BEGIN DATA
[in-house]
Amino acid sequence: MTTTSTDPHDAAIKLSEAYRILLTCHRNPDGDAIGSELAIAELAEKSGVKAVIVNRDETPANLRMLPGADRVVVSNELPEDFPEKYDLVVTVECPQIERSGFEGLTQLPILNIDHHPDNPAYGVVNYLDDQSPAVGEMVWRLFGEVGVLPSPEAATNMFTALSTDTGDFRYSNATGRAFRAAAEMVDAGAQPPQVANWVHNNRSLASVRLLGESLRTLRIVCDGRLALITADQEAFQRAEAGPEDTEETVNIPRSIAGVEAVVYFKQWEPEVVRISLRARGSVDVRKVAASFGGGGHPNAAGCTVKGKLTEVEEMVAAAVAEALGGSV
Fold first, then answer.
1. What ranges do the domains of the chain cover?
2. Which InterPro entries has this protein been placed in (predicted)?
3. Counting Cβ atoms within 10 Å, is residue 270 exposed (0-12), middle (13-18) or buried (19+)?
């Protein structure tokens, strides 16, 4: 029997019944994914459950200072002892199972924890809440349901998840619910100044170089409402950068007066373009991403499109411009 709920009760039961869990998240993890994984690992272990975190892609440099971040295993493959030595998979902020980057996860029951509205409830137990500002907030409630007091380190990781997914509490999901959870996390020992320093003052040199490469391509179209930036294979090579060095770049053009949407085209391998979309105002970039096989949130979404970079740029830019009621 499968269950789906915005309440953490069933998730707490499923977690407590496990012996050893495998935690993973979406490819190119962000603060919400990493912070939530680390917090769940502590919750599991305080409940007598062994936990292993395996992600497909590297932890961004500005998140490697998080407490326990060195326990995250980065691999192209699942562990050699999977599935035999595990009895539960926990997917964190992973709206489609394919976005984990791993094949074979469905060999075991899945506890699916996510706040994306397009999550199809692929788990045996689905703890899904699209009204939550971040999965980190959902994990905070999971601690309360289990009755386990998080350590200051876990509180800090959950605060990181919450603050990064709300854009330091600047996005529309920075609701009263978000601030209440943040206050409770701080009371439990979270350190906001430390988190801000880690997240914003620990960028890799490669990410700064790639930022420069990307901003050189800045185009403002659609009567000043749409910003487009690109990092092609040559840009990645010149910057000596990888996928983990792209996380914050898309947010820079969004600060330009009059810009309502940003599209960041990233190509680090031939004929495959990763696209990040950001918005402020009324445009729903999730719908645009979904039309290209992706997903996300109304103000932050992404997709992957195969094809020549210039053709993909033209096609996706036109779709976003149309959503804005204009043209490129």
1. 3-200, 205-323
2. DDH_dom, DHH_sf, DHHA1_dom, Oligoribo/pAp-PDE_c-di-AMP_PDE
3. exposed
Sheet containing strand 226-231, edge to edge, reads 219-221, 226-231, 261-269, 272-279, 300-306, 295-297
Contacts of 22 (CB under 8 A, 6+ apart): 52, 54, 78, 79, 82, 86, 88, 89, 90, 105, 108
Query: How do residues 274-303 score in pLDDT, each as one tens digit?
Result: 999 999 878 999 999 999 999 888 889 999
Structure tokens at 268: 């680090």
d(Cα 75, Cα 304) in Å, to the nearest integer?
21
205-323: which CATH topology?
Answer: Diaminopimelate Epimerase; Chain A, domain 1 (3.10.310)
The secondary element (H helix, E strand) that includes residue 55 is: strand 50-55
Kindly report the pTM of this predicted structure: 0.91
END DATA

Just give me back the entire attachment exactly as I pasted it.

[in-house]
Amino acid sequence: MTTTSTDPHDAAIKLSEAYRILLTCHRNPDGDAIGSELAIAELAEKSGVKAVIVNRDETPANLRMLPGADRVVVSNELPEDFPEKYDLVVTVECPQIERSGFEGLTQLPILNIDHHPDNPAYGVVNYLDDQSPAVGEMVWRLFGEVGVLPSPEAATNMFTALSTDTGDFRYSNATGRAFRAAAEMVDAGAQPPQVANWVHNNRSLASVRLLGESLRTLRIVCDGRLALITADQEAFQRAEAGPEDTEETVNIPRSIAGVEAVVYFKQWEPEVVRISLRARGSVDVRKVAASFGGGGHPNAAGCTVKGKLTEVEEMVAAAVAEALGGSV
Fold first, then answer.
1. What ranges do the domains of the chain cover?
2. Which InterPro entries has this protein been placed in (predicted)?
3. Counting Cβ atoms within 10 Å, is residue 270 exposed (0-12), middle (13-18) or buried (19+)?
């Protein structure tokens, strides 16, 4: 029997019944994914459950200072002892199972924890809440349901998840619910100044170089409402950068007066373009991403499109411009 709920009760039961869990998240993890994984690992272990975190892609440099971040295993493959030595998979902020980057996860029951509205409830137990500002907030409630007091380190990781997914509490999901959870996390020992320093003052040199490469391509179209930036294979090579060095770049053009949407085209391998979309105002970039096989949130979404970079740029830019009621 499968269950789906915005309440953490069933998730707490499923977690407590496990012996050893495998935690993973979406490819190119962000603060919400990493912070939530680390917090769940502590919750599991305080409940007598062994936990292993395996992600497909590297932890961004500005998140490697998080407490326990060195326990995250980065691999192209699942562990050699999977599935035999595990009895539960926990997917964190992973709206489609394919976005984990791993094949074979469905060999075991899945506890699916996510706040994306397009999550199809692929788990045996689905703890899904699209009204939550971040999965980190959902994990905070999971601690309360289990009755386990998080350590200051876990509180800090959950605060990181919450603050990064709300854009330091600047996005529309920075609701009263978000601030209440943040206050409770701080009371439990979270350190906001430390988190801000880690997240914003620990960028890799490669990410700064790639930022420069990307901003050189800045185009403002659609009567000043749409910003487009690109990092092609040559840009990645010149910057000596990888996928983990792209996380914050898309947010820079969004600060330009009059810009309502940003599209960041990233190509680090031939004929495959990763696209990040950001918005402020009324445009729903999730719908645009979904039309290209992706997903996300109304103000932050992404997709992957195969094809020549210039053709993909033209096609996706036109779709976003149309959503804005204009043209490129």
1. 3-200, 205-323
2. DDH_dom, DHH_sf, DHHA1_dom, Oligoribo/pAp-PDE_c-di-AMP_PDE
3. exposed
Sheet containing strand 226-231, edge to edge, reads 219-221, 226-231, 261-269, 272-279, 300-306, 295-297
Contacts of 22 (CB under 8 A, 6+ apart): 52, 54, 78, 79, 82, 86, 88, 89, 90, 105, 108
Query: How do residues 274-303 score in pLDDT, each as one tens digit?
Result: 999 999 878 999 999 999 999 888 889 999
Structure tokens at 268: 């680090």
d(Cα 75, Cα 304) in Å, to the nearest integer?
21
205-323: which CATH topology?
Answer: Diaminopimelate Epimerase; Chain A, domain 1 (3.10.310)
The secondary element (H helix, E strand) that includes residue 55 is: strand 50-55
Kindly report the pTM of this predicted structure: 0.91